And that was where he'd stopped thinking, but Ethel had said it for him. It was true. He'd be useless as an underboss because he'd have failed at a task given him. The task didn't matter. It wasn't just a bet, wasn't just an order. It was a test and he wasn't sure that Boss Tom would pay up.
And, like making himself a goose, he'd fallen for it.
"Might. As long as I'm bankrolling Boss Tom's gambling habits, I won't," he said gruffly. He'd have no choice but to take care of 1520 as well as he had for the last four years, but he'd be seething with resentment the entire time. What he could do to ease his pain was find more ways to skim more money. "Still don't tell me why you care."
"I don't want to work for anybody else. You're not all flowers and sunshine, but you're fair, you pay decent, you don't raise a hand to us, you never make us take customers we don't want, and we can tell you what we think. I can't do any better on my own or with any other pimp. None of us can."
"I'm efficient," he muttered.
"Yeah, and you keep your people longer and cut better deals than anybody else in town. Boss Tom doesn't like that."
"Boss Tom ain't got nothin' to fear from me. I just wanna lay low an' have my little piece. Not lookin' to get it on anybody else's action."
"No, but they want in on yours. Lazia was here tonight."
Trey threw his arm over his forehead. "Shit," he hissed. "Brother" John Lazia was one of Boss Tom's underbosses and boss of the Sicilian Mafia on the Northeast side. It didn't pay to catch the attention of the cat who was bootlegging enough whiskey for every speakeasy in Jackson County.
Except ... Trey didn't get his whiskey from Lazia, which was a sore point for Brother John. Boss Tom knew Trey didn't buy his whiskey from Brother John and had never ordered Trey to buy from Lazia, which meant Pendergast approved of Trey going around Lazia's operation. It wouldn't matter if he didn't. Trey had always been difficult for Boss Tom to control, but he was a dependable stream of revenue, carried out clean hits, and generally made himself indispensable in all the most important ways. Lazia would toe Boss Tom's line because he was easier to control than Trey, but now if Boss Tom ordered Trey to buy from Lazia, he would.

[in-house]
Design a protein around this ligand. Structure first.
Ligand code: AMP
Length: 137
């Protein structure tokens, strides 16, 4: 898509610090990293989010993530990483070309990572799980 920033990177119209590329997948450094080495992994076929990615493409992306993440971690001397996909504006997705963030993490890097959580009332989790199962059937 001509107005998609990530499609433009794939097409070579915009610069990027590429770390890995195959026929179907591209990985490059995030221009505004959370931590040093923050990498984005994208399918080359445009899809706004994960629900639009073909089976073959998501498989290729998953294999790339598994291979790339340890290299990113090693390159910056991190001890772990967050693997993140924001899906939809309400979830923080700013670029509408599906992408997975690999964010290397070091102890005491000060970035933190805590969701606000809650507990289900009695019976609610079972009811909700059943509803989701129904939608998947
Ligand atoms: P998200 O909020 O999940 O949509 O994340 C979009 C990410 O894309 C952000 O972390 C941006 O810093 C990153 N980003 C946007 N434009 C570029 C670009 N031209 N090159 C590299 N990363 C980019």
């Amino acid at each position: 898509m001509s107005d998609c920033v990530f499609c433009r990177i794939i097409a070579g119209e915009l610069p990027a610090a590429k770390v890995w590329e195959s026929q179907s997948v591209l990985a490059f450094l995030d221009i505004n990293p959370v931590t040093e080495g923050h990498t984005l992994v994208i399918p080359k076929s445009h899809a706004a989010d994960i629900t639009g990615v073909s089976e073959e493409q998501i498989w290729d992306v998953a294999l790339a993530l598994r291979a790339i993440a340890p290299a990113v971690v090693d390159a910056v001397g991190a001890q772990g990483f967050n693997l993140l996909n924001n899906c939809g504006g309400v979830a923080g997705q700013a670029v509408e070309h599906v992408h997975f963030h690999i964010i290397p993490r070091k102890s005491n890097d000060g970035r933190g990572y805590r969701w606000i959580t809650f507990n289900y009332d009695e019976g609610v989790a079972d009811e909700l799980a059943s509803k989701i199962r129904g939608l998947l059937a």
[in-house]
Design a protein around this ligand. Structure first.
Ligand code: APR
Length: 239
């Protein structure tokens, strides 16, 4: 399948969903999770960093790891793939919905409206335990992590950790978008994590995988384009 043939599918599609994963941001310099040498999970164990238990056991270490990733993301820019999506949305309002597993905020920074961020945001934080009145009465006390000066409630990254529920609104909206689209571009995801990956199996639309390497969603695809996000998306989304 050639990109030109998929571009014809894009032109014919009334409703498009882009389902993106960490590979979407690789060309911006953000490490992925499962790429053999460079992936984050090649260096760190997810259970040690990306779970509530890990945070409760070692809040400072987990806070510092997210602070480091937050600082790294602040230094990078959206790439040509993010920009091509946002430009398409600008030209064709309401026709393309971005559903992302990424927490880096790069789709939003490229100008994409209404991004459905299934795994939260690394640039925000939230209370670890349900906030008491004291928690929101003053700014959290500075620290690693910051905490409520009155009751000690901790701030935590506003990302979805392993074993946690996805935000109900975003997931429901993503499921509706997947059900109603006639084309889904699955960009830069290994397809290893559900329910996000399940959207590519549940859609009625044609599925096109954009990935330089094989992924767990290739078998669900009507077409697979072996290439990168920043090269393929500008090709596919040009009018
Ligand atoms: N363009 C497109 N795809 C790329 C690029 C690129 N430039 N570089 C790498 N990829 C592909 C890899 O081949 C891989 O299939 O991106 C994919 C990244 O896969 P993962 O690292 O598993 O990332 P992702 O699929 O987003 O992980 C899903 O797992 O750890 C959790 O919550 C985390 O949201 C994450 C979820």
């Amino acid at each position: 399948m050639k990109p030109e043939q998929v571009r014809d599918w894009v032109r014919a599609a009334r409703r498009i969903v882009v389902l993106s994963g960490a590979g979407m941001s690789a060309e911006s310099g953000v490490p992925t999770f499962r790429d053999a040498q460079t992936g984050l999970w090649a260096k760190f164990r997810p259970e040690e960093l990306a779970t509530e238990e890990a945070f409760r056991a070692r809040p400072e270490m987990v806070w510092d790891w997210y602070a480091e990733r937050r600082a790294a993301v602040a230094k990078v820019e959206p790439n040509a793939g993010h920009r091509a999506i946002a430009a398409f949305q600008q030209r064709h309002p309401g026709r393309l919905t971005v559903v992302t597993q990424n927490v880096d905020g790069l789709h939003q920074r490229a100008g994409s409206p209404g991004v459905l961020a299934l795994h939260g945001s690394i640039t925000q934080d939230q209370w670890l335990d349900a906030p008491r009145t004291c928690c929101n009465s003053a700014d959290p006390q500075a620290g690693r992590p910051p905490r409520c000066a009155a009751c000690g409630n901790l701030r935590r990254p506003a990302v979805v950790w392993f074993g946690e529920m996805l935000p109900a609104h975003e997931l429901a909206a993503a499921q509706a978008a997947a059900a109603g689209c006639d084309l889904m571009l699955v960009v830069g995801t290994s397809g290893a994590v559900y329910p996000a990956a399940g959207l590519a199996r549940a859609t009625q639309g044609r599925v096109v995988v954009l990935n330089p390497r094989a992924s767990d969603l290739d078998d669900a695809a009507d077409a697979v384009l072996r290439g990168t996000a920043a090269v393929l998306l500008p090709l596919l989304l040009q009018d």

Because Boss Tom had something Trey wanted.
And that had been Trey's fatal mistake: coveting someone else's racket instead of taking his money and building his own in a different county. He thought about manufacturing his own whiskey, but that was an operation that had to be built from the ground up and good whiskey had to be aged. That'd take three, four years Trey didn't have.
"Did you clean the bathroom?" he muttered.
"I told the new girl to do it."
Of course she did. As long as it was clean, Trey didn't much care. As soon as Ethel was done strapping his hand he sent her away and proceeded to get stinking drunk.
YOU ARE READING
Kansas City, Missouri, 1929 Trey Dunham, a mid-level cog in the Pendergast Machine during Prohibition, runs 1520 Main, Boss Tom's most prized speakeasy featuring good booze, hot jazz, and beautiful women. Trey wants to buy the join...